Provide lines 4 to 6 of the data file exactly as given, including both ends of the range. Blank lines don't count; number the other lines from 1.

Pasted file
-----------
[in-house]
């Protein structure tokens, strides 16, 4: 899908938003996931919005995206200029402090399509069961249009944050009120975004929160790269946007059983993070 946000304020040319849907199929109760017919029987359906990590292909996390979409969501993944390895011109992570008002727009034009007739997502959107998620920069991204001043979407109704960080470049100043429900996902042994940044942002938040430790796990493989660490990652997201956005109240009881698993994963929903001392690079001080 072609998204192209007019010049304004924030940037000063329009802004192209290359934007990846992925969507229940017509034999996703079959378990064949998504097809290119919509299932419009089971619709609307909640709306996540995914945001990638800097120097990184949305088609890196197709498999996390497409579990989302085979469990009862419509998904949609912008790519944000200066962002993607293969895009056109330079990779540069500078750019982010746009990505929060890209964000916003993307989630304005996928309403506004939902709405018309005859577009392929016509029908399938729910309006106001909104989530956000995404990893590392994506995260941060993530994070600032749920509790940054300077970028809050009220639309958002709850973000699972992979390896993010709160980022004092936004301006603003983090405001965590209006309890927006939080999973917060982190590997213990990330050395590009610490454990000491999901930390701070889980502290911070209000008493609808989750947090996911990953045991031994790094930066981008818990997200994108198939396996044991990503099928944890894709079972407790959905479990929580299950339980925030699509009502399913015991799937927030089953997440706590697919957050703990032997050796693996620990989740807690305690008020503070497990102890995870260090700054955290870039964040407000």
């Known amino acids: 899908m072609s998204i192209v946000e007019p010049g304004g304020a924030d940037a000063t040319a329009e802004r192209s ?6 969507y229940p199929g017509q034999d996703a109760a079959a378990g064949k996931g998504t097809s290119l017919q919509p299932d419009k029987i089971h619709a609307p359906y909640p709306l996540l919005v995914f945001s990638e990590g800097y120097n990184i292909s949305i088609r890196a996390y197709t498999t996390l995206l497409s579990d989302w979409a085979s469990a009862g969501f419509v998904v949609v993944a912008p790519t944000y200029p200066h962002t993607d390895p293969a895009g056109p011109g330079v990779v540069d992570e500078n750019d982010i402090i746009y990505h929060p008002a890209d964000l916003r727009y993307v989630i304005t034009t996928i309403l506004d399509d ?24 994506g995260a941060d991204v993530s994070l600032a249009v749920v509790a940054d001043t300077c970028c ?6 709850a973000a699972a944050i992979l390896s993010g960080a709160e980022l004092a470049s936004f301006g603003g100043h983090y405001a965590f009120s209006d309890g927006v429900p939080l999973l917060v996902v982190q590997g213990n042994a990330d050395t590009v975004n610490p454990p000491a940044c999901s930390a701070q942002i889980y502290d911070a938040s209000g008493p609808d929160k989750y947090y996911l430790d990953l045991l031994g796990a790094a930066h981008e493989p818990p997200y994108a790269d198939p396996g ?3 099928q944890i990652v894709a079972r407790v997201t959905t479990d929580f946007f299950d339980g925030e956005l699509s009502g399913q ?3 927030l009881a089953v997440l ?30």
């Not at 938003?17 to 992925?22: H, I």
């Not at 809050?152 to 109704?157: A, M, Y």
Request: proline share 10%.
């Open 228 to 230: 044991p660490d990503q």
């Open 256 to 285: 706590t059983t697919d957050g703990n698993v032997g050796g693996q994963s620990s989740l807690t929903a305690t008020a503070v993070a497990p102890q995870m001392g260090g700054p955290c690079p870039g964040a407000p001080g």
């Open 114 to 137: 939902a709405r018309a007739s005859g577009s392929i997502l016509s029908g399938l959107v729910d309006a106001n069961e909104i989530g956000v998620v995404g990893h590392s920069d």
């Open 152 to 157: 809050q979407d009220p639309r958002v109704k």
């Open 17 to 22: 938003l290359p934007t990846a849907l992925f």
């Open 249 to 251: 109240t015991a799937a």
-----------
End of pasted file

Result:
């Not at 938003?17 to 992925?22: H, I």
């Not at 809050?152 to 109704?157: A, M, Y």
Request: proline share 10%.